Recently Ivan Balhatchet, the British National Police Chiefs’ Council’s lead on honour violence, was asked by a former police officer why there had not yet been a single conviction for female genital mutilation (FGM) in the entire United Kingdom, despite there having been tens of thousands of cases of it recorded since 1985. Balhatchet’s response unwittingly revealed the priorities of Theresa May’s “diverse,” shattered, staggering, dhimmi Britain.
Amid a great deal of meaningless bureaucratic verbiage, Balhatchet let it slip by way of explanation that “there are many nuances to this crime type.” So apparently it is because of these “many nuances” that practitioners of female genital mutilation could continue to operate with impunity in Britain. Why not arrest them? It’s complicated.
In reality, it isn’t complicated at all, and there aren’t “many nuances,” either. No, Balhatchet, there is only one “nuance,” and you and I and Theresa May and all of Britain knows what that one nuance is: the people who practice female genital mutilation are Muslims, and you don’t want to offend them, and so you don’t prosecute FGM cases. It really isn’t any more “nuanced” than that, although you will batter your interlocutors with all manner of bafflegab to try to cover up that fact.
Ivan Balhatchet and the UK press will never admit it, but FGM is an Islamic practice, sanctioned by Islamic law and practiced by non-Muslims only in areas where there is a heavy Muslim presence. A manual of Islamic states: “Circumcision is obligatory (for every male and female) (by cutting off the piece of skin on the glans of the penis of the male, but circumcision of the female is by cutting out the bazr ‘clitoris’ [this is called khufaadh ‘female circumcision’]).” (Umdat al-Salik e4.3, translated by Mark Durie, The Third Choice, p. 64)
And it is widespread in 30 Muslim countries. So when Ivan Balhatchet says that he hasn’t prosecuted thousands of cases of FGM because of nuance, he means “In Britain today, the Muslims are in charge.” This is not the first time that Balhatchet has revealed this, either: he showed it in November regarding honor killing, when he likewise excused the low number of prosecutions of this crime: “‘Honour’ based abuse is a complex crime which often happens within community or family networks that many victims find it very difficult to speak out against and can face further threats, violence or isolation if they do. In all cases our priority is to safeguard vulnerable victims from this appalling form of abuse so we work to put protection orders in place as soon as possible even where a conviction is not possible.”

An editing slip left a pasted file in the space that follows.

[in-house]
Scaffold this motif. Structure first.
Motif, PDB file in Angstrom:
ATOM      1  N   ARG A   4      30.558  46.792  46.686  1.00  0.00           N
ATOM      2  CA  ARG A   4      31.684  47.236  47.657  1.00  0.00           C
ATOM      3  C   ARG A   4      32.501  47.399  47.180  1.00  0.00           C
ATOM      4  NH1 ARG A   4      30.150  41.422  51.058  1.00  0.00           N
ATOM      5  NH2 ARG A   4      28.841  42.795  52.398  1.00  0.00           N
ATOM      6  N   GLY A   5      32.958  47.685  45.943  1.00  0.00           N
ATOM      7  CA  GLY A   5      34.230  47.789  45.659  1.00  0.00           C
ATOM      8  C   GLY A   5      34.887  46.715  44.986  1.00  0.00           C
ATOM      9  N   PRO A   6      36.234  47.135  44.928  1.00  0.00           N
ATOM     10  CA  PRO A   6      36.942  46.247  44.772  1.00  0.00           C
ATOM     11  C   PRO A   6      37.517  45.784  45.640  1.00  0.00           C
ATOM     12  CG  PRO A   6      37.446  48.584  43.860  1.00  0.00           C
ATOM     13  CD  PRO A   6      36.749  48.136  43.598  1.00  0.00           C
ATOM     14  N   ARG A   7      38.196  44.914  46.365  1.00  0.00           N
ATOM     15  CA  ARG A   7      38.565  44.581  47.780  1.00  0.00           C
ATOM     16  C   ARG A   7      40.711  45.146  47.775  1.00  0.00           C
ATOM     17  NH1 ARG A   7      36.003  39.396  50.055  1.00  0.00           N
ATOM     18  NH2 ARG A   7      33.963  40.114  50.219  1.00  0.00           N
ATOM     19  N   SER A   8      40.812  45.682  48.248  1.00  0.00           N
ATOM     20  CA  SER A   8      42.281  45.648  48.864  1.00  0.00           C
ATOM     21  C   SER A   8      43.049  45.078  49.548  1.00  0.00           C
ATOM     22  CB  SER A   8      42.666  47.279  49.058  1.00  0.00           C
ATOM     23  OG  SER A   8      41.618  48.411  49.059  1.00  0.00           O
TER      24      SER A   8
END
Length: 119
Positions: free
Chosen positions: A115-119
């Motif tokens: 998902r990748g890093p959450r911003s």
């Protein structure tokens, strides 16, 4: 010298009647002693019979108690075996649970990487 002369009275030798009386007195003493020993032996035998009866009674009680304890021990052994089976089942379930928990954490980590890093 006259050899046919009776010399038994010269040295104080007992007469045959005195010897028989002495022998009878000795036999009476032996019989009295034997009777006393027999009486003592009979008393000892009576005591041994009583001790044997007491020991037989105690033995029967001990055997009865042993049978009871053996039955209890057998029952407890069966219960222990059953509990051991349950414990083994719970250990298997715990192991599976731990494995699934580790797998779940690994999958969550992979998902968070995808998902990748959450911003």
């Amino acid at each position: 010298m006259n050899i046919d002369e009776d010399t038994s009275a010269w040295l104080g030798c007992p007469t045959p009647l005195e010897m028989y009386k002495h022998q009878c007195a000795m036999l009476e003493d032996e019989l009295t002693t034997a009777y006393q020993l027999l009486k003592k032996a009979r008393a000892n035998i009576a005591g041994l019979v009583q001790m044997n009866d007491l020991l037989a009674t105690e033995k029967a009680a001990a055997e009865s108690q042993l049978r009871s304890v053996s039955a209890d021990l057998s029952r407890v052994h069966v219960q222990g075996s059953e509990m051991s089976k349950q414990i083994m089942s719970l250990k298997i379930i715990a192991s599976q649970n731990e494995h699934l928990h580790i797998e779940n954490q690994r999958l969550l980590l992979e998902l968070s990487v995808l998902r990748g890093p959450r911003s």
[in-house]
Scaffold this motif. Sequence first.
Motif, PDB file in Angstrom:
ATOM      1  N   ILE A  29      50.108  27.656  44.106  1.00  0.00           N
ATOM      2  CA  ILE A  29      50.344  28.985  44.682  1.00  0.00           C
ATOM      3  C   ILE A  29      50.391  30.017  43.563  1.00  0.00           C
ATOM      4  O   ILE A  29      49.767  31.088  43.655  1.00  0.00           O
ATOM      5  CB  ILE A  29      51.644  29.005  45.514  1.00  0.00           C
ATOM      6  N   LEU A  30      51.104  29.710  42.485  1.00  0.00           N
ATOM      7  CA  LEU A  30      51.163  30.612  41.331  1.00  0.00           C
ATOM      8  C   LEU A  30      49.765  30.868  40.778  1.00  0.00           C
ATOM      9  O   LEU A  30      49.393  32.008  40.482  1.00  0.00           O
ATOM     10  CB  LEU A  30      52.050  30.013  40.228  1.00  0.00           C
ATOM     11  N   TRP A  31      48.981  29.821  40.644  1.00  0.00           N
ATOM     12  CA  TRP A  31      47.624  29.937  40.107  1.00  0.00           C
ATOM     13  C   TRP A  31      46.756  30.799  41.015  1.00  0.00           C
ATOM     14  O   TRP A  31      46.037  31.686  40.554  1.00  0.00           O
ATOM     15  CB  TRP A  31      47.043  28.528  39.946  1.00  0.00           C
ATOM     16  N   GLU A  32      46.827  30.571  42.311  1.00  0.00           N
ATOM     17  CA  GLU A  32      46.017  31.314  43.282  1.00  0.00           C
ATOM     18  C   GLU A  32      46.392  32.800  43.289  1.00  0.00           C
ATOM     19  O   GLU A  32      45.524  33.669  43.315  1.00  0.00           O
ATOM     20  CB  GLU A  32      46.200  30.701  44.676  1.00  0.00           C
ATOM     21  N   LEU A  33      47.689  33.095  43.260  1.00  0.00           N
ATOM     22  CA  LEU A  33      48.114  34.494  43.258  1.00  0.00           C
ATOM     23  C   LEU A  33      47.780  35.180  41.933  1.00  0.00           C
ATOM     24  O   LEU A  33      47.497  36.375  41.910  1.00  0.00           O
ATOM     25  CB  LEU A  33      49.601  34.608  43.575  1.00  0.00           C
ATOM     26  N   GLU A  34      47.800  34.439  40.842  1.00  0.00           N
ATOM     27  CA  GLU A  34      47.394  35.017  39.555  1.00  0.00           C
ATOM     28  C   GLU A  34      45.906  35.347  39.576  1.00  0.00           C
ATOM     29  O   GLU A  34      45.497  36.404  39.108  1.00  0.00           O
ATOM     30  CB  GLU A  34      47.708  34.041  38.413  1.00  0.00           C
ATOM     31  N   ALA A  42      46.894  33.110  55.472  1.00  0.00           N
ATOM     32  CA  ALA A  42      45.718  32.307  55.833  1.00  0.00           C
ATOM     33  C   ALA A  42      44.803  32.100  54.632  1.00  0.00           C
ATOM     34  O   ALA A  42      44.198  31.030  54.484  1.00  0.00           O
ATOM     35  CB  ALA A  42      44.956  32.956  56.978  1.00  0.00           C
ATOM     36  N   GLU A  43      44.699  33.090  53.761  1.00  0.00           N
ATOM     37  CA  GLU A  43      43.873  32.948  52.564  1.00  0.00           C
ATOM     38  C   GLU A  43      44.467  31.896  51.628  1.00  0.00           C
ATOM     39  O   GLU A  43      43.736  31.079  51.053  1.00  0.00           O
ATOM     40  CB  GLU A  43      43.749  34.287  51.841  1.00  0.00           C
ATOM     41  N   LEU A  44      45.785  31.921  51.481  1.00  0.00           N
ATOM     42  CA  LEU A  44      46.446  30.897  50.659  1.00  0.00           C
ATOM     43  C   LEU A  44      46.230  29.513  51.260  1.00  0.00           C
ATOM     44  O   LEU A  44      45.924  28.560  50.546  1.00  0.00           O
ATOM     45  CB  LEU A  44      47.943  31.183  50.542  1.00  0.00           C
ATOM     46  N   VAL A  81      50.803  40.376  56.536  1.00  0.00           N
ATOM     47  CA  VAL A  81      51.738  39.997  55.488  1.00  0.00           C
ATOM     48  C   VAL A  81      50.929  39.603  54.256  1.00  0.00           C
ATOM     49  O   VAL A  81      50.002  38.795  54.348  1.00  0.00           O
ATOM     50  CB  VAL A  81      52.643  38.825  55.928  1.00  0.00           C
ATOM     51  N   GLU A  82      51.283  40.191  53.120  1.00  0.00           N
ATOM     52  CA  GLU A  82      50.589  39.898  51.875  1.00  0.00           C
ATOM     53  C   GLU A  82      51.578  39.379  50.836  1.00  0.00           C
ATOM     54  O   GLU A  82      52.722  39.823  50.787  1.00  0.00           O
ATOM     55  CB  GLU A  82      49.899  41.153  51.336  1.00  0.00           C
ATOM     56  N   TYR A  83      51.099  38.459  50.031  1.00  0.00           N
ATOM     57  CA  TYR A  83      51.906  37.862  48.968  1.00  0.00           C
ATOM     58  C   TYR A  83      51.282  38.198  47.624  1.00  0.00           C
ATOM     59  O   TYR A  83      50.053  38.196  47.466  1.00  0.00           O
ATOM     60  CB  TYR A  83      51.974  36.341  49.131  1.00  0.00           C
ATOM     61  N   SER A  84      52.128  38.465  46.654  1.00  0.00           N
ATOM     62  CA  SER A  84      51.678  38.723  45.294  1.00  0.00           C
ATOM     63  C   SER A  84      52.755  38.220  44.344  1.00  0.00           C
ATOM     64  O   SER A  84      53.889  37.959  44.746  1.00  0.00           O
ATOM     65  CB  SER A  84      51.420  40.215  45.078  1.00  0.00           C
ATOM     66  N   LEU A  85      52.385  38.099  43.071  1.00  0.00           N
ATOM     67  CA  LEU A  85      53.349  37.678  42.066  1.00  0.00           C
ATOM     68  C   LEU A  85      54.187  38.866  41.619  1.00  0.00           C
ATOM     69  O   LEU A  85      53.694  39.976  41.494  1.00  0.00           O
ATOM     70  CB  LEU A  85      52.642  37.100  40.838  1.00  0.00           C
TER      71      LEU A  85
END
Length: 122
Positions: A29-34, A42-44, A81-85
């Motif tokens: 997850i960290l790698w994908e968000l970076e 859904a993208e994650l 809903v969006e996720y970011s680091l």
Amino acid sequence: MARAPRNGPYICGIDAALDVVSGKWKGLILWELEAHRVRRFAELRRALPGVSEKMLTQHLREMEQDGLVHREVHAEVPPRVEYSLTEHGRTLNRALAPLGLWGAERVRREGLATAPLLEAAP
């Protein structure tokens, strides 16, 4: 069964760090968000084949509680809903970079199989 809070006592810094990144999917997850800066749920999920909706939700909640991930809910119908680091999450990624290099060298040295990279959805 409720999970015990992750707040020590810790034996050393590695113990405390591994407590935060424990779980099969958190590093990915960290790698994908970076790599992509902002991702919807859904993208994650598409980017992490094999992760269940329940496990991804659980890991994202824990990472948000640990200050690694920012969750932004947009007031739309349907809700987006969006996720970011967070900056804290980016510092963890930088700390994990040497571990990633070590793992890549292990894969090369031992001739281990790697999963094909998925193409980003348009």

He can put protection orders in place, but not get a conviction? How does that make sense? Whom are these women being protected from, and why?
Here again, Balhatchet is really dragging his feet because the crime in question is inextricably bound up with Islam. Muslims commit 91 percent of honor killings worldwide. The Palestinian Authority gives pardons or suspended sentences for honor murders. Iraqi women have asked for tougher sentences for Islamic honor murderers, who get off lightly now. Syria in 2009 scrapped a law limiting the length of sentences for honor killings, but “the new law says a man can still benefit from extenuating circumstances in crimes of passion or honour ‘provided he serves a prison term of no less than two years in the case of killing.’” And in 2003 the Jordanian Parliament voted down on Islamic grounds a provision designed to stiffen penalties for honor killings. Al-Jazeera reported that “Islamists and conservatives said the laws violated religious traditions and would destroy families and values.”
As Ivan Balhatchet wrestles in vain with all this “nuance” and “complexity,” tens of thousands of girls and women in the United Kingdom are murdered or condemned to lives of misery and pain. But that is the price of having a “multicultural” and “diverse” society these days, and so this witless functionary is likely still to be puzzling about all the dizzying intricacies of prosecuting crimes such as FGM and honor killing at the very moment when, in the new Sharia UK, they are decriminalized altogether.
Robert Spencer is the director of Jihad Watch and author of the New York Times bestsellers The Politically Incorrect Guide to Islam (and the Crusades) and The Truth About Muhammad. His new book is Confessions of an Islamophobe. Follow him on Twitter here. Like him on Facebook here.
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